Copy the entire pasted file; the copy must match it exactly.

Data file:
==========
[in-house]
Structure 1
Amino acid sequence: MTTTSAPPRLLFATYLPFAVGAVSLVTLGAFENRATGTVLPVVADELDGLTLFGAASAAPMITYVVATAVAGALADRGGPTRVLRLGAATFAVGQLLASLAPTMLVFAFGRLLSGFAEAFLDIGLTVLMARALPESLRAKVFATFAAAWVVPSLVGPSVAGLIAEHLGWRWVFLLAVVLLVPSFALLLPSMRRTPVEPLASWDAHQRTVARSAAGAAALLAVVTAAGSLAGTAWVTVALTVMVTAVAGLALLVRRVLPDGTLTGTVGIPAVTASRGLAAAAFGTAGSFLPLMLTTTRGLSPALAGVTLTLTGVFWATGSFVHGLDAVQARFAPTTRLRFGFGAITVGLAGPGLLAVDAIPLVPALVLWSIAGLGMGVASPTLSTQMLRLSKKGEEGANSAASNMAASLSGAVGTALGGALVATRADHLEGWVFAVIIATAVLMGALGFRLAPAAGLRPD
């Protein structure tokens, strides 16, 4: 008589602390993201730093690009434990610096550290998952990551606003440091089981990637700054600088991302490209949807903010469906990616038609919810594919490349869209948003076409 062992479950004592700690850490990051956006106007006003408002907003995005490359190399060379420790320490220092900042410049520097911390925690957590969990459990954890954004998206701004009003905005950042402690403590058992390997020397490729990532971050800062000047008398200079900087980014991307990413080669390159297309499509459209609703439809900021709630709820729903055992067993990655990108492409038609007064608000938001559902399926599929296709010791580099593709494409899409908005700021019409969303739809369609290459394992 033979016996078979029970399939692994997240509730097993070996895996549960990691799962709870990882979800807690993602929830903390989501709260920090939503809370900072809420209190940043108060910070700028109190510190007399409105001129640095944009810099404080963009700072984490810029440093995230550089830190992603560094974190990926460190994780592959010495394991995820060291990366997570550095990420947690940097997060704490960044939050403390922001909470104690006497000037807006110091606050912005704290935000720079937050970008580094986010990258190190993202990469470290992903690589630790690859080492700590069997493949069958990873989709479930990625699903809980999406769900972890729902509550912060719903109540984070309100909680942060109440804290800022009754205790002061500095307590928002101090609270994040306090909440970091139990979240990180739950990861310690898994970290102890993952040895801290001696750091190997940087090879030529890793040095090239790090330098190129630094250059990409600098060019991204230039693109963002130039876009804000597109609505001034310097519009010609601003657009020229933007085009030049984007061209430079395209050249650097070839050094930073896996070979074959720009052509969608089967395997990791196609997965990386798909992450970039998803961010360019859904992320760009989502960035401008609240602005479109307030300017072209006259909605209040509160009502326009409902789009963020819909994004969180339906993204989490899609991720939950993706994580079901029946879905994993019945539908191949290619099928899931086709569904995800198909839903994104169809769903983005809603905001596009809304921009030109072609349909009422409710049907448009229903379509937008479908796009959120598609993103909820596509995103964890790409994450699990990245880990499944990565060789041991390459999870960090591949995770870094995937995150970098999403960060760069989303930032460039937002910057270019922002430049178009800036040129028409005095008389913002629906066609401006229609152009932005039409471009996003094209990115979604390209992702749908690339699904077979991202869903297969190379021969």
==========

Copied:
[in-house]
Structure 1
Amino acid sequence: MTTTSAPPRLLFATYLPFAVGAVSLVTLGAFENRATGTVLPVVADELDGLTLFGAASAAPMITYVVATAVAGALADRGGPTRVLRLGAATFAVGQLLASLAPTMLVFAFGRLLSGFAEAFLDIGLTVLMARALPESLRAKVFATFAAAWVVPSLVGPSVAGLIAEHLGWRWVFLLAVVLLVPSFALLLPSMRRTPVEPLASWDAHQRTVARSAAGAAALLAVVTAAGSLAGTAWVTVALTVMVTAVAGLALLVRRVLPDGTLTGTVGIPAVTASRGLAAAAFGTAGSFLPLMLTTTRGLSPALAGVTLTLTGVFWATGSFVHGLDAVQARFAPTTRLRFGFGAITVGLAGPGLLAVDAIPLVPALVLWSIAGLGMGVASPTLSTQMLRLSKKGEEGANSAASNMAASLSGAVGTALGGALVATRADHLEGWVFAVIIATAVLMGALGFRLAPAAGLRPD
């Protein structure tokens, strides 16, 4: 008589602390993201730093690009434990610096550290998952990551606003440091089981990637700054600088991302490209949807903010469906990616038609919810594919490349869209948003076409 062992479950004592700690850490990051956006106007006003408002907003995005490359190399060379420790320490220092900042410049520097911390925690957590969990459990954890954004998206701004009003905005950042402690403590058992390997020397490729990532971050800062000047008398200079900087980014991307990413080669390159297309499509459209609703439809900021709630709820729903055992067993990655990108492409038609007064608000938001559902399926599929296709010791580099593709494409899409908005700021019409969303739809369609290459394992 033979016996078979029970399939692994997240509730097993070996895996549960990691799962709870990882979800807690993602929830903390989501709260920090939503809370900072809420209190940043108060910070700028109190510190007399409105001129640095944009810099404080963009700072984490810029440093995230550089830190992603560094974190990926460190994780592959010495394991995820060291990366997570550095990420947690940097997060704490960044939050403390922001909470104690006497000037807006110091606050912005704290935000720079937050970008580094986010990258190190993202990469470290992903690589630790690859080492700590069997493949069958990873989709479930990625699903809980999406769900972890729902509550912060719903109540984070309100909680942060109440804290800022009754205790002061500095307590928002101090609270994040306090909440970091139990979240990180739950990861310690898994970290102890993952040895801290001696750091190997940087090879030529890793040095090239790090330098190129630094250059990409600098060019991204230039693109963002130039876009804000597109609505001034310097519009010609601003657009020229933007085009030049984007061209430079395209050249650097070839050094930073896996070979074959720009052509969608089967395997990791196609997965990386798909992450970039998803961010360019859904992320760009989502960035401008609240602005479109307030300017072209006259909605209040509160009502326009409902789009963020819909994004969180339906993204989490899609991720939950993706994580079901029946879905994993019945539908191949290619099928899931086709569904995800198909839903994104169809769903983005809603905001596009809304921009030109072609349909009422409710049907448009229903379509937008479908796009959120598609993103909820596509995103964890790409994450699990990245880990499944990565060789041991390459999870960090591949995770870094995937995150970098999403960060760069989303930032460039937002910057270019922002430049178009800036040129028409005095008389913002629906066609401006229609152009932005039409471009996003094209990115979604390209992702749908690339699904077979991202869903297969190379021969």